Today was transfer day. My clinic is kind of goofy in that they don’t provide daily updates as to how the embryos are developing. It’s my assumption that they subscribe to the “less handling of the embryos the better” theory, so I’m guessing that they only check them on day 1 for the initial fertilization report and then again to see if it’s necessary to do a three day transfer (90% of their transfers are on day five). Anyway, what that means for us is that we literally have no idea what we have still viable until we get to the clinic on transfer day.

Last time our doctor was there to greet us when they took us back to get prepped and he told us right away that we had one blast and one morula. Well this time around was a bit different. We went back and got prepped and sat in the transfer room for about 10 minutes before the doctor was ready for transfer. All this time we had no idea what we were dealing it. It was a little nerve wracking, though I tried to think positively.

Finally the doctor came in and handed us the photo and said that we had one blast and one morula to transfer. Again. It seems that we just can’t get two embryos to develop at the same rate so that we have two blasts to transfer. After he handed us the photo, he said he’s had more than one set of twins born from a one blast/one morula transfer. I know he said it to temper any disappointment that we were feeling, and it was a small bit of reassurance, but again, I was hoping for better.

I took a peek at the photo, but couldn’t really remember too much what our last ones looked like, so I passed it on to Mark. Right away Mark commented to me that they looked better than last time. I gave him a quizzical look because what in the hell does he know what a good blast/morula should look like? He said “yeah, the morula is nice and round whereas last time it was all curvy like a jelly bean.” Wow. He’s got one stellar memory. I made a mental note to compare when we got home and I could look at our previous embryos.

Ass it turns out, Mark was indeed correct. Our last morula was definitely “jelly bean” shaped whereas our current morula was nice and round. It also appears that our current blast is a little “clearer” which maybe means it’s less fragmented? I’m admittedly not well schooled in knowing what good embryos look should look like, but if it were up to me, I’d say that this blast did look better than the last. I’ll try to post a pic sometime soon so you can all weigh in.

Transfer was a pain in the ass, ahem, CERVIX again. It seems that my cervix has a stupid curve that does not make depositing the embryos too easy. After lots of pressure and pushing on the speculum trying to get the catheter to make the turn in my cervix, the doctor finally switched to a less flexible catheter which worked much easier. (side note: the exact same thing happened last time and he had to switch to the stiffer catheter then too, so shouldn’t he have known this and just started with the stiffer catheter from the get go? I will definitely mention this to him if we ever have to go back for a third round.) (another side note: I never had this problem with IUI’s. Is that because the catheter doesn’t have to go as far into the uterus for an IUI or is my cervix on a tirade of some sort?)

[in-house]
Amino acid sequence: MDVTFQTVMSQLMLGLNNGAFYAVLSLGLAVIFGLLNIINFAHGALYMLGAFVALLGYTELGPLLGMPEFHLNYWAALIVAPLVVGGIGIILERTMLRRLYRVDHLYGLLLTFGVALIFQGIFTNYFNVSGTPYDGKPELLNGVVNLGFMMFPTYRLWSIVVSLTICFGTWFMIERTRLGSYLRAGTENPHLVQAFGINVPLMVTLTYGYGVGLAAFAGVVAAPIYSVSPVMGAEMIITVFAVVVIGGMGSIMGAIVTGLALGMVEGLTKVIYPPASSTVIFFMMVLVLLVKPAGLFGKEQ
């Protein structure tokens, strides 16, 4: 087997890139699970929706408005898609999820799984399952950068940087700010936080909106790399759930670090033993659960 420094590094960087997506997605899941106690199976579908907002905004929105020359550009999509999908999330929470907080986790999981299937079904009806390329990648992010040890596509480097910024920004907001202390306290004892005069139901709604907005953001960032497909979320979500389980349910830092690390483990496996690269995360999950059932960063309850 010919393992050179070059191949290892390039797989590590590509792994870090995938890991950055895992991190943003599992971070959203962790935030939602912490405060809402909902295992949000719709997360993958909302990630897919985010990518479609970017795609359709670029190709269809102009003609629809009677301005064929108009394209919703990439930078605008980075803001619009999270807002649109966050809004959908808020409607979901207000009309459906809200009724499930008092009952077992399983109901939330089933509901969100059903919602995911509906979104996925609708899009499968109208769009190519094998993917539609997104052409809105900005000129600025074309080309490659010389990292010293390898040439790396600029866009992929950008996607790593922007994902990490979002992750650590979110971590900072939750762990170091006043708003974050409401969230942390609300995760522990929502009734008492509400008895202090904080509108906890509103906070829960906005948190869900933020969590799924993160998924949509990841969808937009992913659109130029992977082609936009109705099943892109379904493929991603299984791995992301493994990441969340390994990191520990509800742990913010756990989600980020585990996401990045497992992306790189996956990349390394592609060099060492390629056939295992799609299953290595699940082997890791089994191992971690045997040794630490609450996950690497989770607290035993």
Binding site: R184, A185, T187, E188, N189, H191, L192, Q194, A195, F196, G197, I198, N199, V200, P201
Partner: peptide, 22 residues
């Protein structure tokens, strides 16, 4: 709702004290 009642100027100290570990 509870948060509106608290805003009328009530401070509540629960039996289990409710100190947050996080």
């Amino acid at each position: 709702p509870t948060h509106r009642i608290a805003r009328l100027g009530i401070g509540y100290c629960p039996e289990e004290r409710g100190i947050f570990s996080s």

A funny interjection here: someone putting lots of pressure on your cervix is not exactly a fun and pain free experience, so I was squeezing Mark’s hand to try to take my mind off of the incredible uncomfortableness of the procedure. Meanwhile, the second I started squeezing Mark’s hand, he started squeezing mine back. The harder I squeezed his hand, the harder he squeezed mine in return. Ummm…hello? You squeezing MY hand does not help the situation! When the doctor finally gave up on the flexible catheter, I turned to Mark and asked him why in the hell he was squeezing my hand? He said he thought that if he was squeezing my hand that it would distract me from the other pain I was feeling. I literally had to laugh out loud at that! I smiled and thanked him for his effort and let him know that I’d rather be the sole hand squeezer, if that was alright with him. He graciously obliged.

The stiffer catheter was much smoother and the embryos were put into my uterus where I hope they make a nice comfortable home for another 38 weeks or so. (Mini-rant: they were NOT implanted. It drives me crazy when people refer to “implanting” embryos during IVF. It is merely a transfer, nothing is actually burrowed into the lining…the embryos have to do that work themselves. End of rant.) They inverted the table I was on so my legs were higher than my head and there we sat for a half hour playing 20 questions with each other. Nearly all of the subjects of our 20 questions subjects were places or things from our past, mostly from our vacations. It was a cool way to reminisce about all of the great experiences that we’ve shared and as an added bonus it distracted me from my urge to pee all over the table.

Finally we were released and began the long drive home. Mark made me some dinner and I ate my daily dosage of pineapple (yes, the core too). Now it’s all just a waiting game. Please let the time pass quickly!